“Contrariwise, when women in the kitchen or the nursery use the name of the Lord in vain, and the children they are nursing and teaching hear them, the vulgarity has the negative effect of deadening the emotions of the youngsters and making them vulgar and indifferent to vulgarity.”

“Also a woman who is crude inspires contempt, because she has contempt for God and man. The difference is that a woman who loses her native delicacy and modesty does not become an object of fear and respect, but an object of contempt and loathing, because the aura of sanctity women naturally inspire in men is tossed away.”

On the 770 blog, that wretched hive of scum and villainy, I unwisely left a gentle remark where I noted that a hiccupping hapless lackwit quoted this passage of fulsome praise to support the contention of my alleged dislike of womankind, rather than taking it as evidence to the clear contrary.

Emma, a zealous Inquisitor of the Thought Police, helps explicate the enigma.

@John C Wright: “It is similar to people who claim I don’t like women, and quote passages where I praise women fulsomely in support of the contention.”

I haven’t seen anyone cite passages where you “praise women fulsomely”. I’ve seen people cite passages where you speak of women in patronizing and condescending ways, utilizing some truly idiotic stereotypes to pander to a madonna/whore ideology that 1) has no basis in reality and 2) insults and degrades women in every conceivable way. (And having now read the work in its entirety, it is clear that these passages were not somehow taken out of context. Your attitude toward women really is that vile.) That you think your words “praise” women shows a foolishness that is beyond compare.

It is difficult for me to untie the Gordian knot of this intestinal bafflegab (madonna/whore ideology?) since I do not have my Morlock-to-Reality dictionary at hand.

Again, in reality a woman is either chaste (a virgin or a wife) or unchaste (a non-virgin non-wife). I suppose, technically, a divorcee, widow, or the bride before the marriage is consummated, might occupy the borders of this category, but, again, the sex act is either within marriage, hence chaste, or outside marriage, hence unchaste. It is a case of A or non-A, and the basis in reality is that one reproduces the species with the father present, and the other not so much.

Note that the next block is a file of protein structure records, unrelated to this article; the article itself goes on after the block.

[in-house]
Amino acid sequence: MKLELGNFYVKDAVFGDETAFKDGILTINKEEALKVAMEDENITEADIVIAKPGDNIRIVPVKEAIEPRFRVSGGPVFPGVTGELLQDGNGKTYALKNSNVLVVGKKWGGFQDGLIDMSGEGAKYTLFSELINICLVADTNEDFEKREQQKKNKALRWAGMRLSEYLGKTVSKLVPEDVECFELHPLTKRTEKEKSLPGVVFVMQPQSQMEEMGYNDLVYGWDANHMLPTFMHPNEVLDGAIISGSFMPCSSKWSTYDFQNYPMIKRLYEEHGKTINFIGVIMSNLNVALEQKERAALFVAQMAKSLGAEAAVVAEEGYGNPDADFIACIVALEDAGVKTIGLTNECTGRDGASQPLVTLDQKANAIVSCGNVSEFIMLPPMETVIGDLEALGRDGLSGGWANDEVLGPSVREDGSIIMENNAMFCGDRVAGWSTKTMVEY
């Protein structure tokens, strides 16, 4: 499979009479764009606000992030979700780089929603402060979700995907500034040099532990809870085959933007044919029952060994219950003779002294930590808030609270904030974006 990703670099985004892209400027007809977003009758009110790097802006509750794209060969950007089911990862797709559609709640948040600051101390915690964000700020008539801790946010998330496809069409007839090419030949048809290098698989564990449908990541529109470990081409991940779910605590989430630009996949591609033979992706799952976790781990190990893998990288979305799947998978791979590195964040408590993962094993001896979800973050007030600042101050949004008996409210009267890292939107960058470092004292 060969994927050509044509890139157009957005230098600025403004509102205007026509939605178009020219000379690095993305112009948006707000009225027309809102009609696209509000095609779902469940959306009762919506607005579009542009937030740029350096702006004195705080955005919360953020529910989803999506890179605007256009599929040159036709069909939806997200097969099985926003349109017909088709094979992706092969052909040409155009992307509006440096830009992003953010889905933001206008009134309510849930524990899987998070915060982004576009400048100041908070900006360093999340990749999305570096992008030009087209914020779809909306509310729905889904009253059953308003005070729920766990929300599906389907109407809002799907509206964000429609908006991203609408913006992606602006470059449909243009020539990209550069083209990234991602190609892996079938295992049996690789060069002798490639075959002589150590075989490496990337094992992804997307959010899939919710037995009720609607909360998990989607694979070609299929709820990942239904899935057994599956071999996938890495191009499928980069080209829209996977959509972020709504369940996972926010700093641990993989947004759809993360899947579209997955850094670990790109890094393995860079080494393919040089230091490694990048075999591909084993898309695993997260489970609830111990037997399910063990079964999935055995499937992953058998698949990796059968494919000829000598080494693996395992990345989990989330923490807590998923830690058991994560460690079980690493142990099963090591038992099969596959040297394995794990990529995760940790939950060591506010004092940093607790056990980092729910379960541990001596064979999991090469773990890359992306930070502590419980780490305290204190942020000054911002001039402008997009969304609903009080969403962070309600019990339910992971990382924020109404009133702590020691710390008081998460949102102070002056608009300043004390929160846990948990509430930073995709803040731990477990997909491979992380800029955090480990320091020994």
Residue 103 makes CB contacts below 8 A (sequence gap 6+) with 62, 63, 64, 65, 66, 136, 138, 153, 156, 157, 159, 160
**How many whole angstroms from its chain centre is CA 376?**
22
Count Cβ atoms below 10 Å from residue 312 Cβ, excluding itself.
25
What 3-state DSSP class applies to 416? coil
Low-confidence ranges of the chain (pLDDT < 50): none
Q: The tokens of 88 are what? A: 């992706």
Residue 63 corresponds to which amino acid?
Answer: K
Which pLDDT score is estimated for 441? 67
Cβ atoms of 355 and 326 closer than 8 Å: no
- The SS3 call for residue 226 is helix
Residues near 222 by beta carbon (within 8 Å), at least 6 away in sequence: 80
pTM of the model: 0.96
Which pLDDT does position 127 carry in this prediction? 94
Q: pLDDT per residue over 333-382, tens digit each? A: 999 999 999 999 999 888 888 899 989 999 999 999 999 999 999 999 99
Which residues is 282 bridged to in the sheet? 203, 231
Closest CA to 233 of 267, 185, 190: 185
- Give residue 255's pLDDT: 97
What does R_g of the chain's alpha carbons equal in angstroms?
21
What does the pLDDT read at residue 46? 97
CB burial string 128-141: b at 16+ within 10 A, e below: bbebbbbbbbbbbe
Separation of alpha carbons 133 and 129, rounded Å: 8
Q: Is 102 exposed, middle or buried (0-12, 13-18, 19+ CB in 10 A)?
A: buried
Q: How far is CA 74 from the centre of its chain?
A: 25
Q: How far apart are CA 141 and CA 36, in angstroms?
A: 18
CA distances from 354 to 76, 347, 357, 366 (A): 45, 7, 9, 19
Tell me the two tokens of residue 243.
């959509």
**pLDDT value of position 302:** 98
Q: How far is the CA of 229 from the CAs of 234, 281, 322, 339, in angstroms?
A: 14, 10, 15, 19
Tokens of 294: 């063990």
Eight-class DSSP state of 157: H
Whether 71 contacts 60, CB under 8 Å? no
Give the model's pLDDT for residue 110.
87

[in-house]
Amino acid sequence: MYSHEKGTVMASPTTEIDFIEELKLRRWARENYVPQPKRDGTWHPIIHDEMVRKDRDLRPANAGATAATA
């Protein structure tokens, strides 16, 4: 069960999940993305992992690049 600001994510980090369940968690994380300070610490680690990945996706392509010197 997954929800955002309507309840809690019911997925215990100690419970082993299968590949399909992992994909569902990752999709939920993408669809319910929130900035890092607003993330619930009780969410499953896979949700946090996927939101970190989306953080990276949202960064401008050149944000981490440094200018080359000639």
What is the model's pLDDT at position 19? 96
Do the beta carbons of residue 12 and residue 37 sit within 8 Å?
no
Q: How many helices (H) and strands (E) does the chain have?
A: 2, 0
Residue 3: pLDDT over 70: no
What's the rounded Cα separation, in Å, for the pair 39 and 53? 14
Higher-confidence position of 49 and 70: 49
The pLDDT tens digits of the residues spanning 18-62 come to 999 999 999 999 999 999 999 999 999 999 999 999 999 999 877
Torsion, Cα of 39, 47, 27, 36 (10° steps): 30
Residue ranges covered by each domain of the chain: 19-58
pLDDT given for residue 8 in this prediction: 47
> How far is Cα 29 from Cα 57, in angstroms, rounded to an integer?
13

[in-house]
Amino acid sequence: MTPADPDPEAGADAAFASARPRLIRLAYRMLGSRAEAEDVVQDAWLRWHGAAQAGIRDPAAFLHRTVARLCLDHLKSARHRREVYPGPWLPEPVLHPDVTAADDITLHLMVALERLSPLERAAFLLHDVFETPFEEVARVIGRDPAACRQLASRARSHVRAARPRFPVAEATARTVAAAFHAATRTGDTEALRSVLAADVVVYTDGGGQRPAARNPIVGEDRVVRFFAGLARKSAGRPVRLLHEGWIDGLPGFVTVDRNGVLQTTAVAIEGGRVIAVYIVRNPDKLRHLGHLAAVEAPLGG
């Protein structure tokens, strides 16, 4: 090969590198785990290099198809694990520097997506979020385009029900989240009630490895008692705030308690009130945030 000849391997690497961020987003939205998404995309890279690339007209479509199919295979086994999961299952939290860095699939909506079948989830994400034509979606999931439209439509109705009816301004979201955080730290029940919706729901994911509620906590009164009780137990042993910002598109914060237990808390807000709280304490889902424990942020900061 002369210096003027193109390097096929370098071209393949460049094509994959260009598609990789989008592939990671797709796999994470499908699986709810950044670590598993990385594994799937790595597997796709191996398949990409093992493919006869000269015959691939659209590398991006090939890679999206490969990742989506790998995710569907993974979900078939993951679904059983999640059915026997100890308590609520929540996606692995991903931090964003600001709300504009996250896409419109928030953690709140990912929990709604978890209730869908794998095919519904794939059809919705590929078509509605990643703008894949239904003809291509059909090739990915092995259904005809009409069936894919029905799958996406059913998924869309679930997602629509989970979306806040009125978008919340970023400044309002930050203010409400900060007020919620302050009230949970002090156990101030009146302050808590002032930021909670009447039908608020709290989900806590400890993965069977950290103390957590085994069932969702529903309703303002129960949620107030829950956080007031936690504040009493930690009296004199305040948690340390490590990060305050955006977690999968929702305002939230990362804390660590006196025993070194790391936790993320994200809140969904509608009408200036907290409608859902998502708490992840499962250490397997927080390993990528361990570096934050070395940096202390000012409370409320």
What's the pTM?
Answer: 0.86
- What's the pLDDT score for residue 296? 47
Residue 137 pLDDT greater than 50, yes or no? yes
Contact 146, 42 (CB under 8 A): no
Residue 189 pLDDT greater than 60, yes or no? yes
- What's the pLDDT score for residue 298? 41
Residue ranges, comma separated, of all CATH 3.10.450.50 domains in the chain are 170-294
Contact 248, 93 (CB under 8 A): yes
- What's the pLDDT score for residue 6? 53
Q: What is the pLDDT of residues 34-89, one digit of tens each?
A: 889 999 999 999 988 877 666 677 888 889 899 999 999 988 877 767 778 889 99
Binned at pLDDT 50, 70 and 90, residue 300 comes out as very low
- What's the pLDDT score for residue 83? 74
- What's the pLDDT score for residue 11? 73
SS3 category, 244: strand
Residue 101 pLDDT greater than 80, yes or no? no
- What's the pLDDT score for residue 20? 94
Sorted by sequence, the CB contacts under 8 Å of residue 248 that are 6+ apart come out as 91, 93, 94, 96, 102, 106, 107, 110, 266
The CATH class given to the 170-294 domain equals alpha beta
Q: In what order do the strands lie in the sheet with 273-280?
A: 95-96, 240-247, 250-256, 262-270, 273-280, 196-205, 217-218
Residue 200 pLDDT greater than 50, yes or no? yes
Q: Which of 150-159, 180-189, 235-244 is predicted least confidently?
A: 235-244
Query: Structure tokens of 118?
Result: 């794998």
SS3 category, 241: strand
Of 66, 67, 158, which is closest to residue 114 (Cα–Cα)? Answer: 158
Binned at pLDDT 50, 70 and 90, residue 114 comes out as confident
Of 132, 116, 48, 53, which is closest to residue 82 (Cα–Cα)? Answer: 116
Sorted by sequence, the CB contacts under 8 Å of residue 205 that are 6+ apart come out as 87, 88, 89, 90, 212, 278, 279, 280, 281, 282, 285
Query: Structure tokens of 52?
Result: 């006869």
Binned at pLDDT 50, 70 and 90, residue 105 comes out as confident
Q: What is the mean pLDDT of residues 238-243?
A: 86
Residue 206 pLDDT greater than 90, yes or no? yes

So how it is that marriage, the mere existence of marriage, the mere existence of a dividing line distinguishing chaste sex from unchaste degrades women not merely in one way nor some ways, but in every conceivable way, is a verbal duck-noise not intended to make sense, merely to express the fatuous vehemence of inchoate emotion.

I am sure that the editors of bridal magazines and the authors of romance novels would be disorientated to learn that their product pleases none of their customers, but degrades them in every conceivable way.

How my words of praise and adoration are interpreted as vile, and it be a folly of mine not to see praise as vile, is beyond explanation and (I suspect) deliberately so. A sane accusation can be refuted. An insane accusation, one that makes no sense on any level, cannot be refuted, cannot even be addressed, because it is insolent nonsense. There is no sober way to defend oneself from the accusation of being a one-eyed one-horned flying purple people eater.

So what is this accusation allegedly supposed to mean?

My best guess is that the pragmatic, traditional and Catholic attitude that approves of chastity (and hence distinguishes between wives and maidens who abide by this rule, versus paramours, harlots and demimondaines who do not) is one that casts too bright a light on the lamplike eyes of the Morlocks, exposing their moral shortcomings, imprudence and injustice toward their womenfolk, and, since they cannot (with a straight face) criticize decency for being decent, they must invent some unconvincing substitute to attribute to the pragmatic and temperate attitude, to mischaracterize it.

What the unconvincing make-believe might be does not matter a whit. It is the act of accusation that offers the Morlock a momentary relief, not the realism of the accusation.

Meanwhile, please keep in mind that when the Sad Puppies claimed that there was a political correctness bias among the Hugo voters amounting to a political inquisition, we were soundly mocked, and (with considerable umbrage and disdain) informed that all parties merely judge works on their merit, not on the politics nor personal opinions of the author. There is no political inquisition, hence no heresy hunters! And to say there is an inquisition is heresy!

Res ipsa loquitur.